Charles Upham wins his first V.C.

A German aerial view of the airfield at Maleme, Crete littered with the wrecks of Ju-52 troop carrying planes.

Two days into the airborne invasion of Crete fierce battles were raging. If the Germans could be denied possession of the airfields they would be unable to bring in the re-inforcements they needed to consolidate their positions. New Zealand troops under the command of Brigadier Howard Kippenburger were to distinguish themselves in many different actions. The extraordinary story of Second Lieutenant Charles Upham was just one of these. He first came to notice on the 22nd May:

During the operations in Crete this officer performed a series of remarkable exploits, showing outstanding leadership, tactical skill and utter indifference to danger.

He commanded a forward platoon in the attack on MALEME on 22nd May and fought his way forward for over 3,000 yards unsupported by any other arms and against a defence strongly organised in depth. During this operation his platoon destroyed numerous enemy posts but on three occasions sections were temporarily held up.

In the first case, under a heavy fire from a machine gun nest he advanced to close quarters with pistol and grenades, so demoralizing the occupants that his section was able to “mop up” with ease.

Another of his sections was then held up by two machine guns in a house. He went in and placed a grenade through a window, destroying the crew of one machine gun and several others, the other machine gun being silenced by the fire of his sections.
In the third case he crawled to within 15 yards of an M.G. post and killed the gunners with a grenade.

When his Company withdrew from MALEME he helped to carry a wounded man out under fire, and together with another officer rallied more men together to carry other wounded men out.

He was then sent to bring in a company which had become isolated. With a Corporal he went through enemy territory over 600 yards, killing two Germans on the way, found the company, and brought it back to the Battalion’s new position. But for this action it would have been completely cut off.

During the following two days his platoon occupied an exposed position on forward slopes and was continuously under fire. Second Lieutenant Upham was blown over by one mortar shell, and painfully wounded by a piece of shrapnel behind the left shoulder, by another. He disregarded this wound and remained on duty. He also received a bullet in the foot which he later removed in Egypt.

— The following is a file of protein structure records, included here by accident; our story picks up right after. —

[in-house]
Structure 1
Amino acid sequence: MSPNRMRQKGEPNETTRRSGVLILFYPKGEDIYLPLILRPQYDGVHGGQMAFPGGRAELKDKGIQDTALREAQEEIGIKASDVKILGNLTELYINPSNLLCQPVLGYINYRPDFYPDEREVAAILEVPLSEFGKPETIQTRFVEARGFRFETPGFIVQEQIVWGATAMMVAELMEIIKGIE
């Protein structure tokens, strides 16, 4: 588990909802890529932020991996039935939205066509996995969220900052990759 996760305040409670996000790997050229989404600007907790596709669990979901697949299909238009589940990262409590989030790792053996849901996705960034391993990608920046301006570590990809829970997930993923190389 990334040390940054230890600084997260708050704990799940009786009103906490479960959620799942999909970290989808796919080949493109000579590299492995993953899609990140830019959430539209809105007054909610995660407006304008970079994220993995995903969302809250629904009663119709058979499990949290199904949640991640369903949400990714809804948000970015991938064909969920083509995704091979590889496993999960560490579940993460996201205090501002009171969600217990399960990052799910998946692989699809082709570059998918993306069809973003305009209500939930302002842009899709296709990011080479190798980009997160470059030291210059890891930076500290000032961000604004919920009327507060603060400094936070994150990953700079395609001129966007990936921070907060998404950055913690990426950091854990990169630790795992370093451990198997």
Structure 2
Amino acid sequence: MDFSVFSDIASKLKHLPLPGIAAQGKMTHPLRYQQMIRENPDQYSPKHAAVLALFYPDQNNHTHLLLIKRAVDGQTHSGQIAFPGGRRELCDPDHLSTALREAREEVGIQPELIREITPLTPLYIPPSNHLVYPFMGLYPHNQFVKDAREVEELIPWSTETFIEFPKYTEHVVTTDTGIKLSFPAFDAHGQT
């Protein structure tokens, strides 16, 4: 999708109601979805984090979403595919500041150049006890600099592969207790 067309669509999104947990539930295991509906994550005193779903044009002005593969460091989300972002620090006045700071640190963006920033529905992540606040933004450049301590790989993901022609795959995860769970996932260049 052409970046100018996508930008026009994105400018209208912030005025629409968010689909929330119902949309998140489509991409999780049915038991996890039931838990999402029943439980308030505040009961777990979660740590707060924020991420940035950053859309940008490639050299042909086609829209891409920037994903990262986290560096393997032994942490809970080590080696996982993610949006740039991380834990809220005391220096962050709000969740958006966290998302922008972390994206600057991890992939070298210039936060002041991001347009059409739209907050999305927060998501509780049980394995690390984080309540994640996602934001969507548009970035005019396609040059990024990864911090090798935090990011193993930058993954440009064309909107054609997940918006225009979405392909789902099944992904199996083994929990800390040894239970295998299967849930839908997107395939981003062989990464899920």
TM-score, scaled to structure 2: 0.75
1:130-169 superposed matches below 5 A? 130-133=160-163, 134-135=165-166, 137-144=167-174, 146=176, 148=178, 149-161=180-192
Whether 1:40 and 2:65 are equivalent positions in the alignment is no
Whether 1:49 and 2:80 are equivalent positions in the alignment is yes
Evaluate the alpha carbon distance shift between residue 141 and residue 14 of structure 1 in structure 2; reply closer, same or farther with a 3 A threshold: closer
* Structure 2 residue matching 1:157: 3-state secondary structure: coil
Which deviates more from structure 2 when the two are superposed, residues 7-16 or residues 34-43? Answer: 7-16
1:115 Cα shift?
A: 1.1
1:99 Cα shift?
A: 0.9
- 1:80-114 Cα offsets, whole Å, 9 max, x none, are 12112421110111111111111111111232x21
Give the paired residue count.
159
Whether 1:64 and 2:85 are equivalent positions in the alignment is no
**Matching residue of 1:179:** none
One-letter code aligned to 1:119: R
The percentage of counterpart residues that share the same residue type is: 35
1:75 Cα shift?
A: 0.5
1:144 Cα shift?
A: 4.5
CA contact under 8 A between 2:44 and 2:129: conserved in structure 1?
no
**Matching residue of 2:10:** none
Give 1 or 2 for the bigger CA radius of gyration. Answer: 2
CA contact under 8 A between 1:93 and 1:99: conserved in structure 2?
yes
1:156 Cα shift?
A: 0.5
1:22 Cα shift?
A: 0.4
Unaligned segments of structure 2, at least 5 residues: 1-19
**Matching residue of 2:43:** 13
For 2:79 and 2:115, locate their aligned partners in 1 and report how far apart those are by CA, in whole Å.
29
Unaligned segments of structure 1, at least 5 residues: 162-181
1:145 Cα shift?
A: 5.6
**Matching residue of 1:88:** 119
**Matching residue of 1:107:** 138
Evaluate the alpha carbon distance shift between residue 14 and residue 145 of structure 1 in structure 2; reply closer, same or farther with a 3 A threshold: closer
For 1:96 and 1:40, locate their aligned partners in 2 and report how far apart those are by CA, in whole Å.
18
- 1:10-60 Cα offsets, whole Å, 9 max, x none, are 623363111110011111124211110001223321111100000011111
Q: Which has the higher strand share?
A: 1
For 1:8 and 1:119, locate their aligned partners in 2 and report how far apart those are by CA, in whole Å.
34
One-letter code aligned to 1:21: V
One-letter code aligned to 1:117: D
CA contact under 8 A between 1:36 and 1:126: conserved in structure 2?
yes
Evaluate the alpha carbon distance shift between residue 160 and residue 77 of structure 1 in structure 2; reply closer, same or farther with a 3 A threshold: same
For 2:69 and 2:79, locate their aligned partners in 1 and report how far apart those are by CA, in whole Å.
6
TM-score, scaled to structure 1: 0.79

At GALATAS on 25th May his platoon was heavily engaged and came under severe mortar and machine-gun fire. While his platoon stopped under cover of a ridge Second-Lieutenant Upham went forward, observed the enemy and brought the platoon forward when the Germans advanced. They killed over 40 with fire and grenades and forced the remainder to fall back.

When his platoon was ordered to retire he sent it back under the platoon Serjeant and he went back to warn other troops that they were being cut off. When he came out himself he was fired on by two Germans. He fell and shammed dead, then crawled into a position and having the use of only one arm rested his rifle in the fork of a tree and as the Germans came forward he killed them both. The second to fall actually hit the muzzle of the rifle as he fell.

On 30th May at SPHAKIA his platoon was ordered to deal with a party of the enemy which had advanced down a ravine to near Force Headquarters. Though in an exhausted condition he climbed the steep hill to the west of the ravine, placed his men in positions on the slope overlooking the ravine and himself went to the top with a Bren Gun and two riflemen. By clever tactics he induced the enemy party to expose itself and then at a range of 500 yards shot 22 and caused the remainder to disperse in panic.

During the whole of the operations he suffered from dysentery and was able to eat very little, in addition to being wounded and bruised.

He showed superb coolness, great skill and dash and complete disregard of danger. His conduct and leadership inspired his whole platoon to fight magnificently throughout, and in fact was an inspiration to the Battalion.

London Gazette, 14 October 1941

{ 1 comment… read it below or add one }

Connor Curlewis May 23, 2011 at 2:00 am

Amazing, this man was a true leader, one to measure up to Dick Winters.

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